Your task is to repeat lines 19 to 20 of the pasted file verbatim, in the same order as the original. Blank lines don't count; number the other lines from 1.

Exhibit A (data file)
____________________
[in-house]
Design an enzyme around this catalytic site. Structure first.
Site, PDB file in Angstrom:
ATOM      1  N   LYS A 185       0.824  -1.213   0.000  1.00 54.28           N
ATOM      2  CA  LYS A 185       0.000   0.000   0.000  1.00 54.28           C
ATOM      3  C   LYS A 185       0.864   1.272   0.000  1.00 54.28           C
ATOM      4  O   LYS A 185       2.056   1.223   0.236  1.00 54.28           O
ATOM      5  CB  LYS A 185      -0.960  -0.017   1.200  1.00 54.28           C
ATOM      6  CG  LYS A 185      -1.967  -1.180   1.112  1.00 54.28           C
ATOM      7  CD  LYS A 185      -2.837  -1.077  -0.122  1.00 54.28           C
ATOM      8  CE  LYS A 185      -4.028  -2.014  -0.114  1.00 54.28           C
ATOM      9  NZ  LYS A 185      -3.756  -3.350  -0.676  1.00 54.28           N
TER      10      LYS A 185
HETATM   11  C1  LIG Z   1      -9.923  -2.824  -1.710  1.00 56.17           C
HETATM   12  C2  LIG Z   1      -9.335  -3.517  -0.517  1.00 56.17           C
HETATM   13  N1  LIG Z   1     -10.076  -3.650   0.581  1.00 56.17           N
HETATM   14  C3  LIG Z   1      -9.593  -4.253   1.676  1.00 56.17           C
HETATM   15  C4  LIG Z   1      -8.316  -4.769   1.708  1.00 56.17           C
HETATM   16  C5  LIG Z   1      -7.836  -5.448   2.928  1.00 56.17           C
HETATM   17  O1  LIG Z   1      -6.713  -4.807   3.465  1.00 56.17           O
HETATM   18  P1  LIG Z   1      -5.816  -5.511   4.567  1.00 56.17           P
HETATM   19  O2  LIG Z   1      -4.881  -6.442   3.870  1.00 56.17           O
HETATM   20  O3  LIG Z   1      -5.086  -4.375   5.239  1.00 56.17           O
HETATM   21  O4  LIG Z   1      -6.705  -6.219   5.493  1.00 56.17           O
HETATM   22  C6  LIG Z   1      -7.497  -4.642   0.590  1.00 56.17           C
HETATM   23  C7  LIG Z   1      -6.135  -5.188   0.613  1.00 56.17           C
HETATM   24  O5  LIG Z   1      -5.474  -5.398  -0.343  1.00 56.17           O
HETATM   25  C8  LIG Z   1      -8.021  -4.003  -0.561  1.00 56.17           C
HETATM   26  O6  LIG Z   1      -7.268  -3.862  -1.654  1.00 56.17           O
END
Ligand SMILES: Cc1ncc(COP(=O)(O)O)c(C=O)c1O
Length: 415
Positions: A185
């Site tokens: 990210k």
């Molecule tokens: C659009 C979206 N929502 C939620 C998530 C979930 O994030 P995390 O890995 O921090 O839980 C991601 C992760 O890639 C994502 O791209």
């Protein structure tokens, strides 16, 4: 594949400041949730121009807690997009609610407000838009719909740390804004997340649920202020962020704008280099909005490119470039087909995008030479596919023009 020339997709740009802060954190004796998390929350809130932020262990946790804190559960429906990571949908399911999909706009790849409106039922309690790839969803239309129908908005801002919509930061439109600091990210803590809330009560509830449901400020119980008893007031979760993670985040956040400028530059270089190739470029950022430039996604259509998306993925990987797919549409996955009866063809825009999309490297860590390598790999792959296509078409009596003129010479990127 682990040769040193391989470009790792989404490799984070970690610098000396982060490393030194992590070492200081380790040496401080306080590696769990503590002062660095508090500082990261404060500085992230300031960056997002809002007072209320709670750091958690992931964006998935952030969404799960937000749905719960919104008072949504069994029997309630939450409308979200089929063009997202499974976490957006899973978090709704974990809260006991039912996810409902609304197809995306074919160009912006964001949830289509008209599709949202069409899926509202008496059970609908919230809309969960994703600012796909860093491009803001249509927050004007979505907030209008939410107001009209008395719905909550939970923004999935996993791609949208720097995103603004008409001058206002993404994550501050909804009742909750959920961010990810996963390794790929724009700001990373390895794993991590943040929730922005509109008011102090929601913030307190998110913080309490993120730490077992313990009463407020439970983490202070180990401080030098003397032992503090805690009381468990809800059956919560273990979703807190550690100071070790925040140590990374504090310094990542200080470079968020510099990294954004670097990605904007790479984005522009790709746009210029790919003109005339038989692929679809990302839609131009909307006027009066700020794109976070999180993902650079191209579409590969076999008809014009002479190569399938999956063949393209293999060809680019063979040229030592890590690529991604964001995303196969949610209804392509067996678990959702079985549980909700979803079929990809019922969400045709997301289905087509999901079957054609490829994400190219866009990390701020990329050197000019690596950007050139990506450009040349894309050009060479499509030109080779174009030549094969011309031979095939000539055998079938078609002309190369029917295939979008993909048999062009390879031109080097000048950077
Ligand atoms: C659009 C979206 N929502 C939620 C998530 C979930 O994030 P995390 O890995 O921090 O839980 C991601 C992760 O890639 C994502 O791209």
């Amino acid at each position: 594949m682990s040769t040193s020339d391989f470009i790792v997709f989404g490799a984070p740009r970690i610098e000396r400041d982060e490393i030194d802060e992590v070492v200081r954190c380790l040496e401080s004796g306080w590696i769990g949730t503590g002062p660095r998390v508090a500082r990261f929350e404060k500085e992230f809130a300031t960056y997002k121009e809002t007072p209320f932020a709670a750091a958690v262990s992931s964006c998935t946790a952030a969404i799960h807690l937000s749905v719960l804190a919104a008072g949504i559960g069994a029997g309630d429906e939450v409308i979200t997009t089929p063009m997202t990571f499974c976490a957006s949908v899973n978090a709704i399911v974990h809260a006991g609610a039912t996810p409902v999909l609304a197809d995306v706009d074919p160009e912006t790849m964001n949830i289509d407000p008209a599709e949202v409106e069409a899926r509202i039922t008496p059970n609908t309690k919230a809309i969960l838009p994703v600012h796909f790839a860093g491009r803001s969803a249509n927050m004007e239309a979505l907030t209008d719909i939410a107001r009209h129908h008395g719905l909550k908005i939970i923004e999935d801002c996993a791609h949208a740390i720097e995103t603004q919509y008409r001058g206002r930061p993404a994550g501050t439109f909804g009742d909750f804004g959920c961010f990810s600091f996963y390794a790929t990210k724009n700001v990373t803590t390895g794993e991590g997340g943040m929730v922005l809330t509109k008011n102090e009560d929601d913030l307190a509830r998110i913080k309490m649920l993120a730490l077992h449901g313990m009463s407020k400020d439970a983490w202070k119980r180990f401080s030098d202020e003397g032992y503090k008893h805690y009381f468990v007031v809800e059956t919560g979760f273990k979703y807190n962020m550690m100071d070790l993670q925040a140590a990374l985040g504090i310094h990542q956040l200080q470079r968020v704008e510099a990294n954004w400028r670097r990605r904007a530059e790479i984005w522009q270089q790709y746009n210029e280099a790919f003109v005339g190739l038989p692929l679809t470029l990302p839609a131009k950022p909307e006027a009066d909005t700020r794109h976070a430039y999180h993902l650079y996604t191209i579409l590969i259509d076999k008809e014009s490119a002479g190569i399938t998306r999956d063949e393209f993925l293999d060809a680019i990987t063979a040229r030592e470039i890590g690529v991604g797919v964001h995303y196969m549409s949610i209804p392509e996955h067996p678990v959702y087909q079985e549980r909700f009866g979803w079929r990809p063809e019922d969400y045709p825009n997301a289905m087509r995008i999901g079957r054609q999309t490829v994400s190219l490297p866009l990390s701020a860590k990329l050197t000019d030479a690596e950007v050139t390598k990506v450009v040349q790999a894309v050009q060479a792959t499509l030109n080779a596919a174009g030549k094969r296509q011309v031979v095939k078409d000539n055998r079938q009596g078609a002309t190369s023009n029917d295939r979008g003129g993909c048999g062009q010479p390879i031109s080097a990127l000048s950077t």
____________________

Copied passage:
HETATM   16  C5  LIG Z   1      -7.836  -5.448   2.928  1.00 56.17           C
HETATM   17  O1  LIG Z   1      -6.713  -4.807   3.465  1.00 56.17           O